Khiva was only stop number one of the Silk Road for us, and I have to be honest, we aren’t the biggest history buffs in the world, so there was definitely a bit of mosque/fact/history overload. Even this early on. One way to help us break up the long stretches and let us digest the information was to break for elevensies. Um, how had I never heard this term before?! Elevensies, tensies, twelvsies! You stop in the morning for a cuppa and a quick bite! Obsessed. I was told by Mansur that there is no such thing as threesies, but you can bet every time I snack break, be it ninesies or midnightsies I’m adding a “sies.” This also makes me terribly excited to go to London. Just so I can have elevensies (with scones and clotted cream!). And I can also try out the new expression we learned…Instead of saying, “kill two birds with one stone,” I can use the Uzbek twist on this phrase and say “kill two rabbits with one bullet.” Like, “Dear, we’re a bit knackered and hungry, aren’t we? Why don’t we break for foursies and we’ll kill two rabbits with one bullet? Right, then, cheerio.” Anyways, I digress.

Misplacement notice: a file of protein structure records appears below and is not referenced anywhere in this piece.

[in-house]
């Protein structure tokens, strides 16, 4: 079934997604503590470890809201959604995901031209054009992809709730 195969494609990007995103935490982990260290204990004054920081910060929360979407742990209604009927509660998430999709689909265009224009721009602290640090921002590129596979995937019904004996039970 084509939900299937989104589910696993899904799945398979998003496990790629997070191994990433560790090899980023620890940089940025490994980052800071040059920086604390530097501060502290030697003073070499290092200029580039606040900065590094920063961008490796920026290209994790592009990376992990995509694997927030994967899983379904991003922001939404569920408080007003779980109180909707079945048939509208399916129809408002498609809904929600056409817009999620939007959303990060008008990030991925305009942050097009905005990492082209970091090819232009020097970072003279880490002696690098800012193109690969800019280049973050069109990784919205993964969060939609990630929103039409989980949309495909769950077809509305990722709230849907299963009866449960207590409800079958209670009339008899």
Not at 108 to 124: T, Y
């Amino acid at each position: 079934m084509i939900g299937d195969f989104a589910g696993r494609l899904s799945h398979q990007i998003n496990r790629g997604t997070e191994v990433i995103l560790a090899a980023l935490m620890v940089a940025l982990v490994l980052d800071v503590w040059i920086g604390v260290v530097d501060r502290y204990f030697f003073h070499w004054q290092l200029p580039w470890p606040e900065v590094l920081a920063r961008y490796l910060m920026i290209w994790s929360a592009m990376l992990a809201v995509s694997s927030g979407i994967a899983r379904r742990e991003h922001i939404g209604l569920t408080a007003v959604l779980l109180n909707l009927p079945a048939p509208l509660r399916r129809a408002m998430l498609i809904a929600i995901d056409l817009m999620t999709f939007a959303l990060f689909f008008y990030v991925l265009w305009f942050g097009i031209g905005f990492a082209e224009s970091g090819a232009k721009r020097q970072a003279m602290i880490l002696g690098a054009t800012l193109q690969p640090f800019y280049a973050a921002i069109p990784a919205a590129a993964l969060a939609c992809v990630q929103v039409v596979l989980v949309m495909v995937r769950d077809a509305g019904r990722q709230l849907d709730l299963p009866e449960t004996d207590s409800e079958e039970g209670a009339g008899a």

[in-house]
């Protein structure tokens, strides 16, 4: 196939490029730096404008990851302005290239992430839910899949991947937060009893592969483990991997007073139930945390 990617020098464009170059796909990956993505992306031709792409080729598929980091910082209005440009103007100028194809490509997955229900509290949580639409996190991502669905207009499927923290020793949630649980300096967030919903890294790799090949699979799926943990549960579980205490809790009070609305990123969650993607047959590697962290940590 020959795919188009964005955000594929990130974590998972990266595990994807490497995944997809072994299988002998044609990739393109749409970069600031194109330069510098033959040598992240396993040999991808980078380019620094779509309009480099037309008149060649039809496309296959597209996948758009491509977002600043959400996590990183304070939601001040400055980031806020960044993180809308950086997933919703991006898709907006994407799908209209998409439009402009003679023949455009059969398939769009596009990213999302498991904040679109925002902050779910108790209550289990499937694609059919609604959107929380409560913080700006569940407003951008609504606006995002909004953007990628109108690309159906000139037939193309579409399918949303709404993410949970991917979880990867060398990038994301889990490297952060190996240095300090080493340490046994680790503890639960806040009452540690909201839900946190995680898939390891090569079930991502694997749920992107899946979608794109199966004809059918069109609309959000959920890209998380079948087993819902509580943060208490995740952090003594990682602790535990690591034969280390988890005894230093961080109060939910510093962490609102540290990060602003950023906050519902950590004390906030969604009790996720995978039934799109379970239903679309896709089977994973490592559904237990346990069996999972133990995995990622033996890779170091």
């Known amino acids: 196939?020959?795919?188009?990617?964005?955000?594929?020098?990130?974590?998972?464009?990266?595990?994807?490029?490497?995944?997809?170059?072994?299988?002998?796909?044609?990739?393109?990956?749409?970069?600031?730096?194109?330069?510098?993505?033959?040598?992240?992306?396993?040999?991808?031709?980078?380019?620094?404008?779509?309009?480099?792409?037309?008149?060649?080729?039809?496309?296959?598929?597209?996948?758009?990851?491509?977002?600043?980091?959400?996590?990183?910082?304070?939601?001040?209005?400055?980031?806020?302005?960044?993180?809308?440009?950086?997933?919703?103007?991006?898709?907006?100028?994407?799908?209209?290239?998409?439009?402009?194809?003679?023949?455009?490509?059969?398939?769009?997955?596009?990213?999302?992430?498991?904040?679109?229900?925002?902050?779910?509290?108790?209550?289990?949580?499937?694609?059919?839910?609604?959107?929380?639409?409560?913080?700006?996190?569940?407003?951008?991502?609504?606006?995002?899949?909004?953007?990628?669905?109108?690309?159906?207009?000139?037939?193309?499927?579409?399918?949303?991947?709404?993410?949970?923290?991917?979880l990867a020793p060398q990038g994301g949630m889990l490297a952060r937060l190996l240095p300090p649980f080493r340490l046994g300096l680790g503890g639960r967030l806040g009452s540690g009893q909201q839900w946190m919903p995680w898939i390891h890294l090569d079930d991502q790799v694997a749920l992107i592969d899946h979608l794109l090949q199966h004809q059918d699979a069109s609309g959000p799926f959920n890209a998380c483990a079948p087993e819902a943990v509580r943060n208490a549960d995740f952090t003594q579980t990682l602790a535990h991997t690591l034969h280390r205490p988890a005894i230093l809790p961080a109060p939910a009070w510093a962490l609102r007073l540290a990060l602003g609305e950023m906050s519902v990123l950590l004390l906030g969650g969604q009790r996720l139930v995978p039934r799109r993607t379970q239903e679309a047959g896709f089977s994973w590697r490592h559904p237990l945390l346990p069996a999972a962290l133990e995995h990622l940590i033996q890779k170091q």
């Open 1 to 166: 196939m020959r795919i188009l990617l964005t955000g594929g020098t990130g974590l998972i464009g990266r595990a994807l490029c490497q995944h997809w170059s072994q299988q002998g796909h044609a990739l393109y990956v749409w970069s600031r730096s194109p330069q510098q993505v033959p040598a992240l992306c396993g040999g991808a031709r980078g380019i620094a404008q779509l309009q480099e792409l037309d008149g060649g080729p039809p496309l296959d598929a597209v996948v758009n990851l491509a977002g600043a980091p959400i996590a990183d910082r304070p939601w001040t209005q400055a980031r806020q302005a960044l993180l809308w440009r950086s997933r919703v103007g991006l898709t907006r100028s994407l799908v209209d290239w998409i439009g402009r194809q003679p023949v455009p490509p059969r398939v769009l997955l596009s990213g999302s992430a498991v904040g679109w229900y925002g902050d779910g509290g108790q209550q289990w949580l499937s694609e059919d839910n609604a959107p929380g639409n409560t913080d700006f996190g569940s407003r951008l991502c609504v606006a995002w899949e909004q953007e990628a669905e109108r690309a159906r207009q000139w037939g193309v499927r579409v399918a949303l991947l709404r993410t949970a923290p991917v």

A trip to the Silk Road would be incomplete without learning about the silk making process, and when we stopped at a small demonstration and educational facility it was practically impossible to pull Ron and Alan away from a book detailing the complexities of the silk dying and carpet weaving process. A very quick explanation: silkworms eat the leaves of the mulberry trees and grow tons and spin a cocoon maybe one-third the size of a chicken egg. When you unwind the cocoon they’ve spun you can have up to a kilometer of silk ready to be softened and died. The actual weaving process takes lots of time and is incredibly detailed. We were very impressed by these hard-working ladies.
On our last evening in Khiva and feeling a bit done with the touristy museum kinda thing, we requested Mansur help us find a non-touristy restaurant. He happily obliged, but even he had to say it as we sat practically alone in a big open room and were served a whole, cold chicken slathered in ketchup and mayonnaise, that maybe we picked the wrong city to try and get off the tourist track. I was also amused walking back to our hotel that night that despite the many very modern streetlamps, not a single light was on. When I asked Mansur why, he said “what for? They use them when officials are in town.”